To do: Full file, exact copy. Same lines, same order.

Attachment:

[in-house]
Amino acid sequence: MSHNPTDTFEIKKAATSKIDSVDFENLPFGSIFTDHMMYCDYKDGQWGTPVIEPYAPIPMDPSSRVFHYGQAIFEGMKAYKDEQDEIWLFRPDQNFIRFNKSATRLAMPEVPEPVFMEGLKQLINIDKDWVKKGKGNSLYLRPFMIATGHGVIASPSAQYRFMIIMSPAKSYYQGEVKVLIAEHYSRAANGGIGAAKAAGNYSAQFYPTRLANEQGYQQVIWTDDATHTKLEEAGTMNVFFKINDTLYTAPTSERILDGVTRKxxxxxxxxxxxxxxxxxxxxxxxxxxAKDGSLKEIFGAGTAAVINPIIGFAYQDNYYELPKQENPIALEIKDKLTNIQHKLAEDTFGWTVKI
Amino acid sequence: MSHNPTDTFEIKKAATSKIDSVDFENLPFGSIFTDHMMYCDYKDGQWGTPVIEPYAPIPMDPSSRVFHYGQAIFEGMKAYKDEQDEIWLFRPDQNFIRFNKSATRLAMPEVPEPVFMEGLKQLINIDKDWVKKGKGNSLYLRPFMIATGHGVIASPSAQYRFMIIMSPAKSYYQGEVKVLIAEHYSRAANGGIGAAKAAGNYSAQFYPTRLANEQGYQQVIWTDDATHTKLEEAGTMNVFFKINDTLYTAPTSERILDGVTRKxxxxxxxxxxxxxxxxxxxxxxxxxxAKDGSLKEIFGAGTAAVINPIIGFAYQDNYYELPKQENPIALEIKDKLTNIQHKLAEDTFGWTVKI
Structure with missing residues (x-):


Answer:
[in-house]
Amino acid sequence: MSHNPTDTFEIKKAATSKIDSVDFENLPFGSIFTDHMMYCDYKDGQWGTPVIEPYAPIPMDPSSRVFHYGQAIFEGMKAYKDEQDEIWLFRPDQNFIRFNKSATRLAMPEVPEPVFMEGLKQLINIDKDWVKKGKGNSLYLRPFMIATGHGVIASPSAQYRFMIIMSPAKSYYQGEVKVLIAEHYSRAANGGIGAAKAAGNYSAQFYPTRLANEQGYQQVIWTDDATHTKLEEAGTMNVFFKINDTLYTAPTSERILDGVTRKxxxxxxxxxxxxxxxxxxxxxxxxxxAKDGSLKEIFGAGTAAVINPIIGFAYQDNYYELPKQENPIALEIKDKLTNIQHKLAEDTFGWTVKI
Amino acid sequence: MSHNPTDTFEIKKAATSKIDSVDFENLPFGSIFTDHMMYCDYKDGQWGTPVIEPYAPIPMDPSSRVFHYGQAIFEGMKAYKDEQDEIWLFRPDQNFIRFNKSATRLAMPEVPEPVFMEGLKQLINIDKDWVKKGKGNSLYLRPFMIATGHGVIASPSAQYRFMIIMSPAKSYYQGEVKVLIAEHYSRAANGGIGAAKAAGNYSAQFYPTRLANEQGYQQVIWTDDATHTKLEEAGTMNVFFKINDTLYTAPTSERILDGVTRKxxxxxxxxxxxxxxxxxxxxxxxxxxAKDGSLKEIFGAGTAAVINPIIGFAYQDNYYELPKQENPIALEIKDKLTNIQHKLAEDTFGWTVKI
Structure with missing residues (x-):